Figure 7.  Large-time statistics of $ x_1 $ for the stochastic Lorenz system. (a) TVD between the $ x_1 $ marginal invariant densities (PDF) of the inferred schemes and the reference PDF from data. (b) and (c): PDFs and ACFs comparison between IS-RK4 with $ c_0 $ included and the reference data

    Figure 8.  ACF and PDF of $ x_3 $ in the stochastic Lorenz system. Similar to the other examples, IS-RK4 (with $ c_0 $ included) reproduces the PDF and the ACF the best when the time-step is medium large, while plain RK4 and IS-EM blow up even when $ {\mathrm{Gap}} = 20 $

    Figure 9.  The 3D stochastic Lorenz system: Convergence of estimators in IS-RK4 with $ c_0 $ included. (a) The relative error of the estimator $ \widehat{c_1^{{\delta}, N,M}} $ with $ {\delta} = 240 \Delta t = 0.12 $ converges at order about $ (MN)^{-1/2} $, matching Theorem 3.5. (b) Left column: The estimators of $ c_0,c_1, c_2 $ are varies little until $ {\delta}>0.12 $. The vertical dash line is the optimal time gap. Right column: The residuals decay at orders slightly higher than $ O({\delta}^{1/2}) $

    Table 1.  Notations

    Notation Description
    $ {{\bf X}}_t $ and $ {{\bf B}}_t $ true state process and original stochastic force
    $ f({{\bf X}}_t) $, $ \sigma\in \mathbb{R}^{d\times m} $ local-Lipschitz drift and diffusion matrix
    $ dt $ time-step generating data
    $ {\delta}= {\mathrm{Gap}} \times dt $ time-step for inferred scheme, $ {\mathrm{Gap}}\in \{ 1, 2, 4, 10, 20, 40,\ldots\} $
    $ t_i = i{\delta} $ discrete time instants of data
    $ \{{{\bf X}}_{t_0:t_N}^{(m)}, {{\bf B}}_{t_0:t_N}^{(m)}\}_{m=1}^M $ Data: $ M $ independent paths of $ {{\bf X}} $ and $ {{\bf B}} $ at discrete-times
    $ \mathcal{F}\left({{\bf X}}_{t_i},\, {{\bf B}}_{[t_{i}, \, t_{i+1})}\right) $ true flow map representing $ ({{\bf X}}_{t_{i+1}}-{{\bf X}}_{t_i})/{\delta} $
    $ {F}^{\delta}({{\bf X}}_{t_n},\Delta {{\bf B}}_{t_n}) $ approximate flow map using only $ {{\bf X}}_{t_n} $, $ \Delta {{\bf B}}_{t_n} = {{\bf B}}_{t_{n+1}}-{{\bf B}}_{t_{n}} $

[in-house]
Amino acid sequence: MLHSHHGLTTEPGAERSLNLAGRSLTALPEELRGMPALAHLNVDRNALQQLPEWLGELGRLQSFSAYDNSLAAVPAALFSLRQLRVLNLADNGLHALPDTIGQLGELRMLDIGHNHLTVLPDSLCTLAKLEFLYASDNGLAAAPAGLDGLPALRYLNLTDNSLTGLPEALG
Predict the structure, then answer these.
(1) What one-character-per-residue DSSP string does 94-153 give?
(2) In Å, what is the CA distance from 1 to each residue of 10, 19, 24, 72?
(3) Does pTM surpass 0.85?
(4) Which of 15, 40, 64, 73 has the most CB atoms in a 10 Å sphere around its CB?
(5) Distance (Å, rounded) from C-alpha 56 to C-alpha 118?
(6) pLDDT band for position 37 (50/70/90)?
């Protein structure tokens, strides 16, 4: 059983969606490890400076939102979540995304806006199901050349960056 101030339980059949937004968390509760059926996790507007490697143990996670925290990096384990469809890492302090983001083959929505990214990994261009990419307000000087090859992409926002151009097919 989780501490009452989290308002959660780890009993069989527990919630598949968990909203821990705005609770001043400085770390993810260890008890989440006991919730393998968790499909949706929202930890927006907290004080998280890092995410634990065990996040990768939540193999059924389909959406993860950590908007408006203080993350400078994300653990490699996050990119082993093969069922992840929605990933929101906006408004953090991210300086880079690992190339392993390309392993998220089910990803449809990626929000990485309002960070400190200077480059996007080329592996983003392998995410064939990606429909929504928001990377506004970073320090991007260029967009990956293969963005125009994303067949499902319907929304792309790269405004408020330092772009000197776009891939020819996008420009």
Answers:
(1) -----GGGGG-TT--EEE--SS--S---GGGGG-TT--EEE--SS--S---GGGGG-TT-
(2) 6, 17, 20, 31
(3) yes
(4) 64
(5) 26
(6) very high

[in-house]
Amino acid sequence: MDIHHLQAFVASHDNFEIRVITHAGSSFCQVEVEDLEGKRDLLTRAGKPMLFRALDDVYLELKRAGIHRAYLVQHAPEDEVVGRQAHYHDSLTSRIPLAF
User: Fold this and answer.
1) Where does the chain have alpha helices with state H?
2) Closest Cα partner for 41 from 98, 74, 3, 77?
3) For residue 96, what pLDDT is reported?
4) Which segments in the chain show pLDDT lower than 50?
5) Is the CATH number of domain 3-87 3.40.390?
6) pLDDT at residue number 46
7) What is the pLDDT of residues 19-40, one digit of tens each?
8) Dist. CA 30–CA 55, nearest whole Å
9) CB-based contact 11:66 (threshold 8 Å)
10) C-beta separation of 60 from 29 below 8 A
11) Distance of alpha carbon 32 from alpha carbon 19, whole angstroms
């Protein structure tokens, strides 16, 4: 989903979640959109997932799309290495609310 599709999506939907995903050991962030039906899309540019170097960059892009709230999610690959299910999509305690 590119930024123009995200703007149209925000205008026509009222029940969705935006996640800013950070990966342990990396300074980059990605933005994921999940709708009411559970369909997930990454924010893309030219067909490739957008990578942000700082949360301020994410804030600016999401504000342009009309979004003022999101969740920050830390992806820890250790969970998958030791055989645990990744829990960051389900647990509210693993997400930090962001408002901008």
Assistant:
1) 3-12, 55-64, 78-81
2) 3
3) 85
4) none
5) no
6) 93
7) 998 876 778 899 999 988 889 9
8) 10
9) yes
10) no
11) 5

$ \widetilde F^{\delta}\left(c^{\delta}, {{\bf X}}_{t_n},\Delta {{\bf B}}_{t_n} \right) $ parametric approximate flow map
    $ c^{\delta}=(c_0^{\delta},\dots,c_p^{\delta}) $ parameters to be estimated for the inferred scheme
    $ \eta_n $ and $ \sigma_{\eta}^{\delta} $ iid $ N(0, I_d) $ and covariance, representing regression residual
    EM and IS-EM Euler-Maruyama and inferred scheme (IS) parametrizing it
    HRK4 and IS-RK4 hybrid RK4 and inferred scheme parametrizing RK4
    SSBE and IS-SSBE split-step stochastic backward Euler and IS parametrizing it
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    Table Algorithm 1.  Inference-based schemes adaptive to large time-stepping (ISALT): detailed algorithm

    Input: Full model; a high fidelity solver preserving the invariant measure.
    Output: Estimated parametric scheme
    1: Generate data: solve the system with the high fidelity solver, which has a small time-step $ dt $; down sample to get time series with $ {\delta}= \mathrm{Gap}\times dt $. Denote the data, consisting of $ M $ independent trajectories on $ [0,N{\delta}] $, by $ \{{{\bf X}}_{t_0:t_N}^{(m)}, {{\bf B}}_{t_0:t_N}^{(m)}\}_{m=1}^M $ with $ t_i= i{\delta} $.
    2: Pick a parametric form approximating the flow map (2.1) as in (2.5)–(2.6).
    3: Estimate parameters $ c_{0:p}^{\delta} $ and $ \sigma_\eta $ as in (2.7).
    4: Model selection: run the inferred scheme for cross-validation, and test the consistency of the estimators.
     | Show Table
    DownLoad: CSV

    Table 2.  Time gap of blow-up for each scheme: plain verse inferred

    1D double-well 2D gradient system 3D Lorenz system
    Plain RK4 $ {\mathrm{Gap}}=20 $ $ {\mathrm{Gap}}=20 $ $ {\mathrm{Gap}}=10 $
    IS-RK4 $ {\mathrm{Gap}}>200 $ $ {\mathrm{Gap}}>200 $ $ {\mathrm{Gap}}>400 $
    Plain SSBE $ {\mathrm{Gap}}=40 $ $ {\mathrm{Gap}}=40 $ $ {\mathrm{Gap}}=20 $
    IS-SSBE $ {\mathrm{Gap}}>200 $ $ {\mathrm{Gap}}>200 $ $ {\mathrm{Gap}}>400 $
     | Show Table
    DownLoad: CSV